Flexibility: Do you get any control over what comes in that box? Or will you find yourself trying desperately to figure out what to do with a metric ton of something you hate or are allergic to? When others checked the ‘no eggplant’ box on the form, did they still find themselves needing recipes for moussaka? If you’re going on vacation and need to skip a delivery or two, will they let you do that? If you can’t be home when they deliver, will they agree to bring your share to your office? Be sure to make arrangements with your office first!
Appetite: Are the shares large enough to feed your family comfortably? Are they too big for your needs? If there’s too much, will you have time and energy to do a lot of canning and pickling? If there’s not enough, how will you supplement for the shortfall?

Variety: Does the CSA provide enough different things to keep you happy? Does it give you one or two things you love and a dozen you loathe? If you’re going to reject more foods than you accept, or if you’re going to be figuring out what to do with five or six pounds a week of the same vegetable for half the year, you probably want to keep looking.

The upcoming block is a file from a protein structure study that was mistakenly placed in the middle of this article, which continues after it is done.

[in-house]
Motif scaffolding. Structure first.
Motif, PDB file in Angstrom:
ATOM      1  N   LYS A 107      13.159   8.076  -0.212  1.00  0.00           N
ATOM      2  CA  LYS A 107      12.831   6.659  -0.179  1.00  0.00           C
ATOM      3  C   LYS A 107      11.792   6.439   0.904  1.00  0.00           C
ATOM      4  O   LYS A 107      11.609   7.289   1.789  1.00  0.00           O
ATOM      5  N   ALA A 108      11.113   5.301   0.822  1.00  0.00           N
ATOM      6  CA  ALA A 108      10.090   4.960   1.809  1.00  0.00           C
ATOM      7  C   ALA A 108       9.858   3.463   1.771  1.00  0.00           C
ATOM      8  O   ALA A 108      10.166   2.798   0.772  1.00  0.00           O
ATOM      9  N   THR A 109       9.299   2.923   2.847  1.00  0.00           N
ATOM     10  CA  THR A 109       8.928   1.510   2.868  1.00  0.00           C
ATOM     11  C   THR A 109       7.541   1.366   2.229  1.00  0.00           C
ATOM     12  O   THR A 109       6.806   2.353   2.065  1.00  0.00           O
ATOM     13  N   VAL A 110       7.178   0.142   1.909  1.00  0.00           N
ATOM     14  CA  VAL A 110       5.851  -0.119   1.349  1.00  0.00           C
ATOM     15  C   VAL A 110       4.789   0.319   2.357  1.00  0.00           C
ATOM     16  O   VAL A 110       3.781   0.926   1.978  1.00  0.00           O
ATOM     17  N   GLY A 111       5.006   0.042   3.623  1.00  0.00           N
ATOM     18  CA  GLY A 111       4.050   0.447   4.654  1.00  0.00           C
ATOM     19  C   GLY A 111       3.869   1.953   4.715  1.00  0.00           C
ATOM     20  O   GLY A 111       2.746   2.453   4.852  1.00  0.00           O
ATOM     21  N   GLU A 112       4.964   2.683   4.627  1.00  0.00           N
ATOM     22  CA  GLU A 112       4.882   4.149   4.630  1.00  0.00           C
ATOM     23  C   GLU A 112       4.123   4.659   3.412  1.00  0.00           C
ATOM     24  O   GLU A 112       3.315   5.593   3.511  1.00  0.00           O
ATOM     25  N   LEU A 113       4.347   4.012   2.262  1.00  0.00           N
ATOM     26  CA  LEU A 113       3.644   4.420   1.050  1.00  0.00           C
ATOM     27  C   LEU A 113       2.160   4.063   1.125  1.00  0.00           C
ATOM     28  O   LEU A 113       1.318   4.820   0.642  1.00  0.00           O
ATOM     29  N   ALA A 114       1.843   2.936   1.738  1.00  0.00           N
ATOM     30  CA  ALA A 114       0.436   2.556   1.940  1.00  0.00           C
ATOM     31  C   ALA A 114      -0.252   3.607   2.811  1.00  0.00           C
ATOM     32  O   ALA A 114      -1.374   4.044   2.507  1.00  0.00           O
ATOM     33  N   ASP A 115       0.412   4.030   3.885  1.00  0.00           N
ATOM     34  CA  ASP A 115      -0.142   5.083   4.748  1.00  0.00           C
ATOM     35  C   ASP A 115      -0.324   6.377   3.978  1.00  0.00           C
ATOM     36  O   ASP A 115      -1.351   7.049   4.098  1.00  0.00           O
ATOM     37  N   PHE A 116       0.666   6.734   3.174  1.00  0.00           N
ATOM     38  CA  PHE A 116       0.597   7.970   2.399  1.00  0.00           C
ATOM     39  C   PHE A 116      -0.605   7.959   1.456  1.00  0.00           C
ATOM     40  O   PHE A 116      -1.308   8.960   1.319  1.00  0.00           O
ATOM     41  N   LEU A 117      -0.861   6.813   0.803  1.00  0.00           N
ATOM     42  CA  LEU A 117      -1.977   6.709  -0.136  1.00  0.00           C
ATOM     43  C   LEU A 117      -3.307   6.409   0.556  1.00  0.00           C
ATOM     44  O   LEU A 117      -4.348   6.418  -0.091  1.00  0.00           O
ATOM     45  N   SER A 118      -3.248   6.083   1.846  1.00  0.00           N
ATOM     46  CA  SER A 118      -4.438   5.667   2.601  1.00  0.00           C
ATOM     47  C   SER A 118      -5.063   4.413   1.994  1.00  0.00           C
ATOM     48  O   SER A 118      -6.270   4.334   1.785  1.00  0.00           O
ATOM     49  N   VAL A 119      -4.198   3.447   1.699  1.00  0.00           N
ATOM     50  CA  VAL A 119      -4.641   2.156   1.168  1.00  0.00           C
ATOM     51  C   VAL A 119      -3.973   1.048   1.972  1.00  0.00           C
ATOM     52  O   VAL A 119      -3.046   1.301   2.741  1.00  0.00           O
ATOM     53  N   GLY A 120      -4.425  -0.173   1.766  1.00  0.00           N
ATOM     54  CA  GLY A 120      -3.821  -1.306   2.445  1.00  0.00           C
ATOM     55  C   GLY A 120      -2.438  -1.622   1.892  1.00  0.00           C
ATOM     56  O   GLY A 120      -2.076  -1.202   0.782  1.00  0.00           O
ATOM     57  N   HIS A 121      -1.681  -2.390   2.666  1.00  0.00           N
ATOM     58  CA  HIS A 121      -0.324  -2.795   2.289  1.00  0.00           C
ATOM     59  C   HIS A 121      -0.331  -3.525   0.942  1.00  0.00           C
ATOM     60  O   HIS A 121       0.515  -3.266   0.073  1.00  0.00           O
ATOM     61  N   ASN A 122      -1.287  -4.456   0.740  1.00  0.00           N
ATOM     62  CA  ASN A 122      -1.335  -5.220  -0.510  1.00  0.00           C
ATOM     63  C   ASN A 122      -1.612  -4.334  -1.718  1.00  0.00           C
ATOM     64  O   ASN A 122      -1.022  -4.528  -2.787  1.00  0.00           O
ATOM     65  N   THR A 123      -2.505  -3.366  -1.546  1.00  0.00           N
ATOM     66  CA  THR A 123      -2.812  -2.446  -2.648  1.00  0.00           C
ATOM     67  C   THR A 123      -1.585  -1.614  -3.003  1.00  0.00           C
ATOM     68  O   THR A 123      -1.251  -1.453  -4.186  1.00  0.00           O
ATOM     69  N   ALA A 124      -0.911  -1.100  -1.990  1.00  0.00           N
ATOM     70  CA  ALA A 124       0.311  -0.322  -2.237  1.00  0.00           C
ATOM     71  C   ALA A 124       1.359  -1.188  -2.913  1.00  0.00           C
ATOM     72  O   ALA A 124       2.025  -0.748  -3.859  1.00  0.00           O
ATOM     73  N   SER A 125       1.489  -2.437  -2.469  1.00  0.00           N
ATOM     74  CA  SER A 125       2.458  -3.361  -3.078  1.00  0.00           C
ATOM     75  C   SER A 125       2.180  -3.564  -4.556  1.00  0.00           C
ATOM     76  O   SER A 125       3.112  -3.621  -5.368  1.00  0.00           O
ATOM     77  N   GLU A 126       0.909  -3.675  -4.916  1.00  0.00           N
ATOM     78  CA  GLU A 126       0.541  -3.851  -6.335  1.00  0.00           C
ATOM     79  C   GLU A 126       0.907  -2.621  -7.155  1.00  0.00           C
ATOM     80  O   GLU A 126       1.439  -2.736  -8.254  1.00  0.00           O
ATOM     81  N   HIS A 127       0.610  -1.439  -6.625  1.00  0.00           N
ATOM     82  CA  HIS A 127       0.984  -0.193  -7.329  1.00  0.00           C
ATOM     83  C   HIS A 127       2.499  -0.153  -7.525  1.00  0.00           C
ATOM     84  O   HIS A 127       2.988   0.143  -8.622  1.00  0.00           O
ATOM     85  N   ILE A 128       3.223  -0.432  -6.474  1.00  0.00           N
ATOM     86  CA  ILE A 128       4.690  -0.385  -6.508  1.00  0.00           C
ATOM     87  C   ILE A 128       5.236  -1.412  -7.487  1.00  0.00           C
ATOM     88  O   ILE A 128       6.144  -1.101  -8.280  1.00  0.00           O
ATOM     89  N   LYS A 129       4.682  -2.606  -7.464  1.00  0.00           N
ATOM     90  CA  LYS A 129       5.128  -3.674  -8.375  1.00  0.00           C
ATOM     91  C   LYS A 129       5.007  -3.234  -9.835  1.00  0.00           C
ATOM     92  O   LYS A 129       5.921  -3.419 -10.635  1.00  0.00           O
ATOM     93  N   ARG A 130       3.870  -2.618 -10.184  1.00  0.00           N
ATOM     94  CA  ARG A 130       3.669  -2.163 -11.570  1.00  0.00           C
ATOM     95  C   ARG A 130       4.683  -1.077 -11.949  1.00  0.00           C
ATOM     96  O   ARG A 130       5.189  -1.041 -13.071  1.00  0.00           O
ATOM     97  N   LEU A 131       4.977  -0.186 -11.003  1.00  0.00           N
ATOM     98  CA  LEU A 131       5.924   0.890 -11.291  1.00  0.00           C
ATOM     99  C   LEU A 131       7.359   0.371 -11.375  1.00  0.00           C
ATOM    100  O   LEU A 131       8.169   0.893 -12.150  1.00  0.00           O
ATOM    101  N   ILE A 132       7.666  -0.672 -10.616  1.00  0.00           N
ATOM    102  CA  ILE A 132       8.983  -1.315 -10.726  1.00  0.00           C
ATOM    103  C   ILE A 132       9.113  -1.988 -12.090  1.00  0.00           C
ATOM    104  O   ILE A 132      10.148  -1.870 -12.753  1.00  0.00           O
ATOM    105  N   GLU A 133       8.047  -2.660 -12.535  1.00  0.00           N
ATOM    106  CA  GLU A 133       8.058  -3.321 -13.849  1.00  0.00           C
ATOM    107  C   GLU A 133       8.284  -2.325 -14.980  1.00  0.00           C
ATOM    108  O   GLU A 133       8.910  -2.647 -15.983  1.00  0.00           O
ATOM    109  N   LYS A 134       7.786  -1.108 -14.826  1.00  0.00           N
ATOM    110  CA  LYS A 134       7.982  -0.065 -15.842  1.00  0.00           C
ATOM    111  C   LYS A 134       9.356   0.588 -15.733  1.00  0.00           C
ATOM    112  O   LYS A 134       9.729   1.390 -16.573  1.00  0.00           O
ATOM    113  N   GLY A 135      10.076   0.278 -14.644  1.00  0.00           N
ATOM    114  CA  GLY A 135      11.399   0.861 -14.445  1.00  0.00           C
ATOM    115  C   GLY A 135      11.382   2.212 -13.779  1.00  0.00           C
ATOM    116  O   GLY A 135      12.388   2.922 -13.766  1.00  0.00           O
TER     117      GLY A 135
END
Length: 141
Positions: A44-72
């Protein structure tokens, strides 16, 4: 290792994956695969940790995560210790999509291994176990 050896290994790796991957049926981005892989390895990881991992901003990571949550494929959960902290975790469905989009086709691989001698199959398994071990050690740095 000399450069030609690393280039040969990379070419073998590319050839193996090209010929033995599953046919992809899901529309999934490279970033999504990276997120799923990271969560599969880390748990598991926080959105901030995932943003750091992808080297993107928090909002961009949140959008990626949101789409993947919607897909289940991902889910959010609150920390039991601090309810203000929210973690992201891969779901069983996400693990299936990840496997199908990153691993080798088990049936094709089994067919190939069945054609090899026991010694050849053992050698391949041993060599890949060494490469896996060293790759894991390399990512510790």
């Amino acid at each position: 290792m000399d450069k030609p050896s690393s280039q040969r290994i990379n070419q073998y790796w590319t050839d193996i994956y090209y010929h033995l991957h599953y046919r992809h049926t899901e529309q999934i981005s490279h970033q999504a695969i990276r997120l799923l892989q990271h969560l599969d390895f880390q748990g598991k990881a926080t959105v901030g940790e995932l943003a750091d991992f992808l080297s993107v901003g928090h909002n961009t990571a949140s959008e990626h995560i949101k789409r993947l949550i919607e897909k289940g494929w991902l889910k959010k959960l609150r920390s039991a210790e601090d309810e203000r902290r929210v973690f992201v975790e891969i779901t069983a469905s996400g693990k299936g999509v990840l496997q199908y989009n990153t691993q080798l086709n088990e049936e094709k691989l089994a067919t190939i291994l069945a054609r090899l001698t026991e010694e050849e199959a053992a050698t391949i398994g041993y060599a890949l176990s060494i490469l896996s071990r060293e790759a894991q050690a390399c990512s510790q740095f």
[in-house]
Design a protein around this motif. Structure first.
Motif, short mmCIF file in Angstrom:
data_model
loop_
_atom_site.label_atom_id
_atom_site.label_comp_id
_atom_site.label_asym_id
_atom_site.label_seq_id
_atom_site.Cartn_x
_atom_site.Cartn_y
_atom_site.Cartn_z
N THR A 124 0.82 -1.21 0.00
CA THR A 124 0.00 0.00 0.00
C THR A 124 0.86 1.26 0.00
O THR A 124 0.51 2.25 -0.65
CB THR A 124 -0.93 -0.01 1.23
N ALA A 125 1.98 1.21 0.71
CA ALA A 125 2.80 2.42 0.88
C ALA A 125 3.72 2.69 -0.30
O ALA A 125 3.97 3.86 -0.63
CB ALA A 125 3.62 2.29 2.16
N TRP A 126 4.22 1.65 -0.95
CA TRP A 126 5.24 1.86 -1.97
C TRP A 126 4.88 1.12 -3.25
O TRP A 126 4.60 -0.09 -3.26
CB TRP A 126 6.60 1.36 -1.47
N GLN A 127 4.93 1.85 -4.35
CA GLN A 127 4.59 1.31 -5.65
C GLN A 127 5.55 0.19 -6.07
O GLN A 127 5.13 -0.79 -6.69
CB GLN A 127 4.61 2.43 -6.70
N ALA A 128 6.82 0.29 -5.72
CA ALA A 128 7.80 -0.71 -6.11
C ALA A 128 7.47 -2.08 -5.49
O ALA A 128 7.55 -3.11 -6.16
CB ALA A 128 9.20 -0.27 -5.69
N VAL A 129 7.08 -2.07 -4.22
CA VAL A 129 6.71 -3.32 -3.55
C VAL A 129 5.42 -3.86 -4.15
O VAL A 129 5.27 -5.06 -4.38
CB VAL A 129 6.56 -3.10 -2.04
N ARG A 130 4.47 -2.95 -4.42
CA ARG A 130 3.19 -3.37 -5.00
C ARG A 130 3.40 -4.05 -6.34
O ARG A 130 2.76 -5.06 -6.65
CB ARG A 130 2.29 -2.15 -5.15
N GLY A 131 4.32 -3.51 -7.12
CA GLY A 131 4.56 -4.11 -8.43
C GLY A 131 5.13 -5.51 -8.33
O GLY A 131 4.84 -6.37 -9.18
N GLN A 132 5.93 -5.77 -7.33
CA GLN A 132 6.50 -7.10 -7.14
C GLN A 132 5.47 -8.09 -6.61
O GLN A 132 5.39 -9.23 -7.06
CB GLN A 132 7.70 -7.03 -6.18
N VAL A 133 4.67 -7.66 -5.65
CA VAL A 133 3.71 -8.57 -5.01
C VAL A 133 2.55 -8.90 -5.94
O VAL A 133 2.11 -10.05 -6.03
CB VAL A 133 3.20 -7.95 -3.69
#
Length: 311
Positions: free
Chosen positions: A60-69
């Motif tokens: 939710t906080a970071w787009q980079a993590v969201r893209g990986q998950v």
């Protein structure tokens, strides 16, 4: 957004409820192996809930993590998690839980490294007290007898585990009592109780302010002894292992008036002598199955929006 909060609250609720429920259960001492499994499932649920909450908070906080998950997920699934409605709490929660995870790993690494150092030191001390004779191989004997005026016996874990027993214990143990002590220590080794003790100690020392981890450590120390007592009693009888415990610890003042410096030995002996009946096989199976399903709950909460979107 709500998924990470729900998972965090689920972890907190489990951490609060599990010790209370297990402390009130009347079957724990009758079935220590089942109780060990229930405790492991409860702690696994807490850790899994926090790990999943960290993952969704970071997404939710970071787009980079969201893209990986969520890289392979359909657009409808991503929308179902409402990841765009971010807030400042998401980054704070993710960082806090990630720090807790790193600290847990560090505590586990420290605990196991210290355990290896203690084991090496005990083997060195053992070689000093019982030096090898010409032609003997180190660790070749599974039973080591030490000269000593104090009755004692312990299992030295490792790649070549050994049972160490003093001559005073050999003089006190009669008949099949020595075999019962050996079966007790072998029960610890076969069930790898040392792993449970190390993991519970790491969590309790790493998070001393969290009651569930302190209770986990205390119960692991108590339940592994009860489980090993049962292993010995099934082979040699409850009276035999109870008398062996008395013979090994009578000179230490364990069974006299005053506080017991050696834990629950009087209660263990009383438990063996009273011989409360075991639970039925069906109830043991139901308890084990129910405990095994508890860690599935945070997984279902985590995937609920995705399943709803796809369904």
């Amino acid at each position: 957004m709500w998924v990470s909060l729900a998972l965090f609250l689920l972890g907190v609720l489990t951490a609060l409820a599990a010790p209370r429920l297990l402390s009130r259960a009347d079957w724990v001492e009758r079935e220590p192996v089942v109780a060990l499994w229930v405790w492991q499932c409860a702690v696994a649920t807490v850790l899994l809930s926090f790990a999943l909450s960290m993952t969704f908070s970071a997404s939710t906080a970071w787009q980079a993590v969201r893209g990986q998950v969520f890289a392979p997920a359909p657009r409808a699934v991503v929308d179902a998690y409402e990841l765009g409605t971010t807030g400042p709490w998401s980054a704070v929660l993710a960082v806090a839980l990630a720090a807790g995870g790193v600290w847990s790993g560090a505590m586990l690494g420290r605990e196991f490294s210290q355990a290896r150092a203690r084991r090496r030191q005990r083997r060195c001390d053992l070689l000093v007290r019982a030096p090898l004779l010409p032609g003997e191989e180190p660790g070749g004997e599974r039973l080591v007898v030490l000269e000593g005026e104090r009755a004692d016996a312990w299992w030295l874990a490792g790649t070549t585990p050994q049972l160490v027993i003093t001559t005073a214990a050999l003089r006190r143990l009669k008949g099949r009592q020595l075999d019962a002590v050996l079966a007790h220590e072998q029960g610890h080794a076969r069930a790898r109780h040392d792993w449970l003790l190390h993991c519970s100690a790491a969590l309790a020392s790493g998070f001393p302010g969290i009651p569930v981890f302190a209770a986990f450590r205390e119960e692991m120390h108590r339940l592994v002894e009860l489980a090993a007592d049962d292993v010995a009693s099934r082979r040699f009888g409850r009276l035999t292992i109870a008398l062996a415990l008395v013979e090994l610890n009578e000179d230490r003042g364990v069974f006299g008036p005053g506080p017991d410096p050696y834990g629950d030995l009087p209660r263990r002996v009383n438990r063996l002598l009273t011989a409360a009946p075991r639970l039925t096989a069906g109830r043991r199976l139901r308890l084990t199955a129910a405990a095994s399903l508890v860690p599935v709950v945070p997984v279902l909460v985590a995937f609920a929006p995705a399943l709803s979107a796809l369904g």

Joining a CSA can give you access to a variety of incredibly fresh, delicious foods. Just make certain you’re joining one that truly meets your needs.

In the meantime, it might not be a bad idea to take a stroll around your local farmers’ market…now that you know how to find it.

5 Responses to “Fresh From the Farm to Your Table”

  1. bobbie-sue January 17, 2009 at 11:18 am #

    We joined a CSA in the spring and absolutely love it. We found we were buying the same produce every week and not really getting out of our comfort zone. Since then I’ve discovered so many wonderful vegetables! Kale! Parsnips! Garlic scapes! (mmmm… garlic scapes…) and cooking with dried beans instead of canned!